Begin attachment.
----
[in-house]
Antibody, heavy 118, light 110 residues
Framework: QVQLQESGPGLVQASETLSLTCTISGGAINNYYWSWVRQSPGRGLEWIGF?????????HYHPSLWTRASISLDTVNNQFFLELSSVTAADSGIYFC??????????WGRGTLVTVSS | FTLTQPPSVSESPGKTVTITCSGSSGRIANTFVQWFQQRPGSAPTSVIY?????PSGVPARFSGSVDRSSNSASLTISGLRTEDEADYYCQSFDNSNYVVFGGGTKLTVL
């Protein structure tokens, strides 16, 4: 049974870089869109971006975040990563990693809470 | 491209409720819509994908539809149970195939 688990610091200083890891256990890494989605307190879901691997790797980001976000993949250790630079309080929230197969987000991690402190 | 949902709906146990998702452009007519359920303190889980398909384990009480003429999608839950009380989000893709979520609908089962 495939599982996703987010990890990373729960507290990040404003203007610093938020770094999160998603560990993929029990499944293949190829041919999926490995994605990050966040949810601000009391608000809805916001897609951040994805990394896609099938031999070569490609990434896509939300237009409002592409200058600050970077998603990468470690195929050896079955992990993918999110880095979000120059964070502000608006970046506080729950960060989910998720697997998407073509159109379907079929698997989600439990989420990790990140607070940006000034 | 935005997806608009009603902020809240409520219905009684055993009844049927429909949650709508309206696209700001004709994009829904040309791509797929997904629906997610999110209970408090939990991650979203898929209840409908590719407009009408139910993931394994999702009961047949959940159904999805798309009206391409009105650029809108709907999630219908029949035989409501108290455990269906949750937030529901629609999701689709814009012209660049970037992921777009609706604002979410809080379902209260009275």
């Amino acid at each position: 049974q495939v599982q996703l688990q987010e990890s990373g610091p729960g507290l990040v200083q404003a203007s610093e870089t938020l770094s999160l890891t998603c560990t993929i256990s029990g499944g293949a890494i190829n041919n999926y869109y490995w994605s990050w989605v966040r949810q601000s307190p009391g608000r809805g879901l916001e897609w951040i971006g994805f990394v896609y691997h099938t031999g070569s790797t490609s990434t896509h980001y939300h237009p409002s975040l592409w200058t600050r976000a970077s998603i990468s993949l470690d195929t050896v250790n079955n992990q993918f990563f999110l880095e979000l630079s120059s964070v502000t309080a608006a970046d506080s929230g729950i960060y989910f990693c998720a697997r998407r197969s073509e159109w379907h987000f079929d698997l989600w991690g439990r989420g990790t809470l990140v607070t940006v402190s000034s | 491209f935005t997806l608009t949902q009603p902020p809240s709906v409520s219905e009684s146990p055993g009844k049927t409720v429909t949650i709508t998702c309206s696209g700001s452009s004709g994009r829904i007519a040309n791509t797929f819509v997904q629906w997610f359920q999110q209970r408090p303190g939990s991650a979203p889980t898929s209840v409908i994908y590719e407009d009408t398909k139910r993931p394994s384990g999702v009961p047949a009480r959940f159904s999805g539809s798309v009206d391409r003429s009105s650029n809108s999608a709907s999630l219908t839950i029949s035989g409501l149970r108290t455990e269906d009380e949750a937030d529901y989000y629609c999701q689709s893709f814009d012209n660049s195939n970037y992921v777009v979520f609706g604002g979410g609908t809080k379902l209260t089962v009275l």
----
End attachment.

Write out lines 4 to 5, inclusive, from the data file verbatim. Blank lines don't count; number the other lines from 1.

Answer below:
């Protein structure tokens, strides 16, 4: 049974870089869109971006975040990563990693809470 | 491209409720819509994908539809149970195939 688990610091200083890891256990890494989605307190879901691997790797980001976000993949250790630079309080929230197969987000991690402190 | 949902709906146990998702452009007519359920303190889980398909384990009480003429999608839950009380989000893709979520609908089962 495939599982996703987010990890990373729960507290990040404003203007610093938020770094999160998603560990993929029990499944293949190829041919999926490995994605990050966040949810601000009391608000809805916001897609951040994805990394896609099938031999070569490609990434896509939300237009409002592409200058600050970077998603990468470690195929050896079955992990993918999110880095979000120059964070502000608006970046506080729950960060989910998720697997998407073509159109379907079929698997989600439990989420990790990140607070940006000034 | 935005997806608009009603902020809240409520219905009684055993009844049927429909949650709508309206696209700001004709994009829904040309791509797929997904629906997610999110209970408090939990991650979203898929209840409908590719407009009408139910993931394994999702009961047949959940159904999805798309009206391409009105650029809108709907999630219908029949035989409501108290455990269906949750937030529901629609999701689709814009012209660049970037992921777009609706604002979410809080379902209260009275």
């Amino acid at each position: 049974q495939v599982q996703l688990q987010e990890s990373g610091p729960g507290l990040v200083q404003a203007s610093e870089t938020l770094s999160l890891t998603c560990t993929i256990s029990g499944g293949a890494i190829n041919n999926y869109y490995w994605s990050w989605v966040r949810q601000s307190p009391g608000r809805g879901l916001e897609w951040i971006g994805f990394v896609y691997h099938t031999g070569s790797t490609s990434t896509h980001y939300h237009p409002s975040l592409w200058t600050r976000a970077s998603i990468s993949l470690d195929t050896v250790n079955n992990q993918f990563f999110l880095e979000l630079s120059s964070v502000t309080a608006a970046d506080s929230g729950i960060y989910f990693c998720a697997r998407r197969s073509e159109w379907h987000f079929d698997l989600w991690g439990r989420g990790t809470l990140v607070t940006v402190s000034s | 491209f935005t997806l608009t949902q009603p902020p809240s709906v409520s219905e009684s146990p055993g009844k049927t409720v429909t949650i709508t998702c309206s696209g700001s452009s004709g994009r829904i007519a040309n791509t797929f819509v997904q629906w997610f359920q999110q209970r408090p303190g939990s991650a979203p889980t898929s209840v409908i994908y590719e407009d009408t398909k139910r993931p394994s384990g999702v009961p047949a009480r959940f159904s999805g539809s798309v009206d391409r003429s009105s650029n809108s999608a709907s999630l219908t839950i029949s035989g409501l149970r108290t455990e269906d009380e949750a937030d529901y989000y629609c999701q689709s893709f814009d012209n660049s195939n970037y992921v777009v979520f609706g604002g979410g609908t809080k379902l209260t089962v009275l």